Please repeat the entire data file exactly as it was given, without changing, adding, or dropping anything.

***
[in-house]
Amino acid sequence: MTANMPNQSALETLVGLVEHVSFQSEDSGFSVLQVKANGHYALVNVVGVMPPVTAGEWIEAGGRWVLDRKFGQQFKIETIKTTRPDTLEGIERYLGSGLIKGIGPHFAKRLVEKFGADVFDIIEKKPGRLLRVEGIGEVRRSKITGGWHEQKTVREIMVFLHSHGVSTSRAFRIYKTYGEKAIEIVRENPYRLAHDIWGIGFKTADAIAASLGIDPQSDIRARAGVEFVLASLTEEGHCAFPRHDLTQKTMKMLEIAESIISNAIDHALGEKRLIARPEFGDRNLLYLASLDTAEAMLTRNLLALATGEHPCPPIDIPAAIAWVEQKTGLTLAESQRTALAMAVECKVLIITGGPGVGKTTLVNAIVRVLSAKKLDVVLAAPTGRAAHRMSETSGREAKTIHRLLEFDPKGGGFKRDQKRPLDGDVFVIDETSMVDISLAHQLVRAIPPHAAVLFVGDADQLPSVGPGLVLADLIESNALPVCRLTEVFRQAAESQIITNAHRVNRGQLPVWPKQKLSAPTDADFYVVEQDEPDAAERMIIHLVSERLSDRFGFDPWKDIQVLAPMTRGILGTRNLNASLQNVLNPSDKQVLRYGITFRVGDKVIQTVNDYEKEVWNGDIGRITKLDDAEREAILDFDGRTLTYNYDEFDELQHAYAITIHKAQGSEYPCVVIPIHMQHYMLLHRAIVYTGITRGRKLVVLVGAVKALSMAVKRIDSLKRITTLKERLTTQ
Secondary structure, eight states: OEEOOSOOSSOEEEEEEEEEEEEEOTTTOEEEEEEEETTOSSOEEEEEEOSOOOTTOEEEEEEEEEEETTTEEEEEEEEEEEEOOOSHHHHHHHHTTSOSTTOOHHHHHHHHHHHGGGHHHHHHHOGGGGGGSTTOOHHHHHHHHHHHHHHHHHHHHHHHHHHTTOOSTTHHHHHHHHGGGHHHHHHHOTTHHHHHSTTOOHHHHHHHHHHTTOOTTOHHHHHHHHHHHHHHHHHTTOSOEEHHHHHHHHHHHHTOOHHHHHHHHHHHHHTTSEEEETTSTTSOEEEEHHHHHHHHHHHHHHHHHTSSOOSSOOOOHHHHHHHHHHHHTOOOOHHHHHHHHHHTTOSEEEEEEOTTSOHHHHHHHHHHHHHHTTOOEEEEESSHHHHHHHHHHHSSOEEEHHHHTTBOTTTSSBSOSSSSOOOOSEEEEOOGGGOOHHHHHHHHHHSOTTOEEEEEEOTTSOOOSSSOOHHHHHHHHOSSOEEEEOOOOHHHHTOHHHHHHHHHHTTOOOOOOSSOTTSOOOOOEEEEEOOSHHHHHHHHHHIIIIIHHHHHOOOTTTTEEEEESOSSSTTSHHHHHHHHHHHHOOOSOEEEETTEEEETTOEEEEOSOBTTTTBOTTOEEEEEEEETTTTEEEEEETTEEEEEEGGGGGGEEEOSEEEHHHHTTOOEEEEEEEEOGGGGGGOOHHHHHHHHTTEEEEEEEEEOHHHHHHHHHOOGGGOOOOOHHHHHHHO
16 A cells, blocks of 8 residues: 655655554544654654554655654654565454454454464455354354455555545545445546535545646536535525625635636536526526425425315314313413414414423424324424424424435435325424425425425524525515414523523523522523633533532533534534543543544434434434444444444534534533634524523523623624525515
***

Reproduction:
[in-house]
Amino acid sequence: MTANMPNQSALETLVGLVEHVSFQSEDSGFSVLQVKANGHYALVNVVGVMPPVTAGEWIEAGGRWVLDRKFGQQFKIETIKTTRPDTLEGIERYLGSGLIKGIGPHFAKRLVEKFGADVFDIIEKKPGRLLRVEGIGEVRRSKITGGWHEQKTVREIMVFLHSHGVSTSRAFRIYKTYGEKAIEIVRENPYRLAHDIWGIGFKTADAIAASLGIDPQSDIRARAGVEFVLASLTEEGHCAFPRHDLTQKTMKMLEIAESIISNAIDHALGEKRLIARPEFGDRNLLYLASLDTAEAMLTRNLLALATGEHPCPPIDIPAAIAWVEQKTGLTLAESQRTALAMAVECKVLIITGGPGVGKTTLVNAIVRVLSAKKLDVVLAAPTGRAAHRMSETSGREAKTIHRLLEFDPKGGGFKRDQKRPLDGDVFVIDETSMVDISLAHQLVRAIPPHAAVLFVGDADQLPSVGPGLVLADLIESNALPVCRLTEVFRQAAESQIITNAHRVNRGQLPVWPKQKLSAPTDADFYVVEQDEPDAAERMIIHLVSERLSDRFGFDPWKDIQVLAPMTRGILGTRNLNASLQNVLNPSDKQVLRYGITFRVGDKVIQTVNDYEKEVWNGDIGRITKLDDAEREAILDFDGRTLTYNYDEFDELQHAYAITIHKAQGSEYPCVVIPIHMQHYMLLHRAIVYTGITRGRKLVVLVGAVKALSMAVKRIDSLKRITTLKERLTTQ
Secondary structure, eight states: OEEOOSOOSSOEEEEEEEEEEEEEOTTTOEEEEEEEETTOSSOEEEEEEOSOOOTTOEEEEEEEEEEETTTEEEEEEEEEEEEOOOSHHHHHHHHTTSOSTTOOHHHHHHHHHHHGGGHHHHHHHOGGGGGGSTTOOHHHHHHHHHHHHHHHHHHHHHHHHHHTTOOSTTHHHHHHHHGGGHHHHHHHOTTHHHHHSTTOOHHHHHHHHHHTTOOTTOHHHHHHHHHHHHHHHHHTTOSOEEHHHHHHHHHHHHTOOHHHHHHHHHHHHHTTSEEEETTSTTSOEEEEHHHHHHHHHHHHHHHHHTSSOOSSOOOOHHHHHHHHHHHHTOOOOHHHHHHHHHHTTOSEEEEEEOTTSOHHHHHHHHHHHHHHTTOOEEEEESSHHHHHHHHHHHSSOEEEHHHHTTBOTTTSSBSOSSSSOOOOSEEEEOOGGGOOHHHHHHHHHHSOTTOEEEEEEOTTSOOOSSSOOHHHHHHHHOSSOEEEEOOOOHHHHTOHHHHHHHHHHTTOOOOOOSSOTTSOOOOOEEEEEOOSHHHHHHHHHHIIIIIHHHHHOOOTTTTEEEEESOSSSTTSHHHHHHHHHHHHOOOSOEEEETTEEEETTOEEEEOSOBTTTTBOTTOEEEEEEEETTTTEEEEEETTEEEEEEGGGGGGEEEOSEEEHHHHTTOOEEEEEEEEOGGGGGGOOHHHHHHHHTTEEEEEEEEEOHHHHHHHHHOOGGGOOOOOHHHHHHHO
16 A cells, blocks of 8 residues: 655655554544654654554655654654565454454454464455354354455555545545445546535545646536535525625635636536526526425425315314313413414414423424324424424424435435325424425425425524525515414523523523522523633533532533534534543543544434434434444444444534534533634524523523623624525515